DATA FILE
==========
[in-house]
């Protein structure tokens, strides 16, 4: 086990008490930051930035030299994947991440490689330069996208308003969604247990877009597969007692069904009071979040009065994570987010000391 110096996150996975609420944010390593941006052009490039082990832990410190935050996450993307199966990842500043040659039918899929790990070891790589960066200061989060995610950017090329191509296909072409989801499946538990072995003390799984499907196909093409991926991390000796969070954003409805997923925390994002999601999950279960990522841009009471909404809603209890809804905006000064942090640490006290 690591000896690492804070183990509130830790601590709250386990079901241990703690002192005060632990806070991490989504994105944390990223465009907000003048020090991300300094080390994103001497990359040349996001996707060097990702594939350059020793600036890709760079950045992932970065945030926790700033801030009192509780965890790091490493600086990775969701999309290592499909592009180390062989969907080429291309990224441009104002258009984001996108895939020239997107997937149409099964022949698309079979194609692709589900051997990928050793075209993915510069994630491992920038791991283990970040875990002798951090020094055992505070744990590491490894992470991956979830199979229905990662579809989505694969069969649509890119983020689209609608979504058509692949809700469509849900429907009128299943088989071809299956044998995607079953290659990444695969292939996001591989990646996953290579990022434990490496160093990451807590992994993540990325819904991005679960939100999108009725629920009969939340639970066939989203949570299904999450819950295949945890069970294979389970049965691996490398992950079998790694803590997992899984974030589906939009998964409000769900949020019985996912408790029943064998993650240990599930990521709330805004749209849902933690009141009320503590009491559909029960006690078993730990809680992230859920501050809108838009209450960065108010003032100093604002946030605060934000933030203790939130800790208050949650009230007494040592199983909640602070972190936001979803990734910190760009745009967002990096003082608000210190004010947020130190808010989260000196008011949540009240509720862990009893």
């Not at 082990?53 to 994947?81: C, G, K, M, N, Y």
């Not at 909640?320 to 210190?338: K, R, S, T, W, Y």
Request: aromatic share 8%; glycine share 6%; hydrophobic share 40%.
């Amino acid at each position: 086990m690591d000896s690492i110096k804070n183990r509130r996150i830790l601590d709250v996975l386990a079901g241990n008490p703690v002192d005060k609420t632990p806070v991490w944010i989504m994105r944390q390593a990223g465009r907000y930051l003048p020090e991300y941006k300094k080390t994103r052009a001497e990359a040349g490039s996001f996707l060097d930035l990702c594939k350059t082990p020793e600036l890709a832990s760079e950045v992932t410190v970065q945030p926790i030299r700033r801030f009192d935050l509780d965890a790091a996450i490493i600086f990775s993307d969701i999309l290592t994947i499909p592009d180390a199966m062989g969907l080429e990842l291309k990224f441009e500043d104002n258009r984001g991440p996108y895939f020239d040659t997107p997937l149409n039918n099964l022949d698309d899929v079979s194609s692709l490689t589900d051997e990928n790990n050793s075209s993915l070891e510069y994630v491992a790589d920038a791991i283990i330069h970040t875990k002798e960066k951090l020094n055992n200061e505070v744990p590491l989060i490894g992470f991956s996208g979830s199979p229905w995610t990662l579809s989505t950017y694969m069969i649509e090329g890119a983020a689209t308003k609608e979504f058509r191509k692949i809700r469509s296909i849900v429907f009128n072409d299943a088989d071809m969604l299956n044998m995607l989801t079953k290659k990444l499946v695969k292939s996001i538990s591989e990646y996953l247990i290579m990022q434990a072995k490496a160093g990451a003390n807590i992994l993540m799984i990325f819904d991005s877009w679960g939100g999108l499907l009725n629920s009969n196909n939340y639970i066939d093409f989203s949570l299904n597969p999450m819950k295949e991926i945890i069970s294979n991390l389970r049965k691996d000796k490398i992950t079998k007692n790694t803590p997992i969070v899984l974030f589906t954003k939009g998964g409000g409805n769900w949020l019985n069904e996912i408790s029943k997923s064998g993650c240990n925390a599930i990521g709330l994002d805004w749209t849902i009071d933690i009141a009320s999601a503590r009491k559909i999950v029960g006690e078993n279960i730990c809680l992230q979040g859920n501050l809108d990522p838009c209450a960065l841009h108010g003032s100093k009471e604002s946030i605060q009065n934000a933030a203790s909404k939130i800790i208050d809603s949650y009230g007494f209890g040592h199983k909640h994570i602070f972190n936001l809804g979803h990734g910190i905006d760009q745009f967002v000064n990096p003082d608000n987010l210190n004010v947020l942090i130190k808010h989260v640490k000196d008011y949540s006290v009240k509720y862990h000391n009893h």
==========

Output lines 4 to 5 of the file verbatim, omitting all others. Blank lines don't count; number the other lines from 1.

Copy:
């Not at 909640?320 to 210190?338: K, R, S, T, W, Y």
Request: aromatic share 8%; glycine share 6%; hydrophobic share 40%.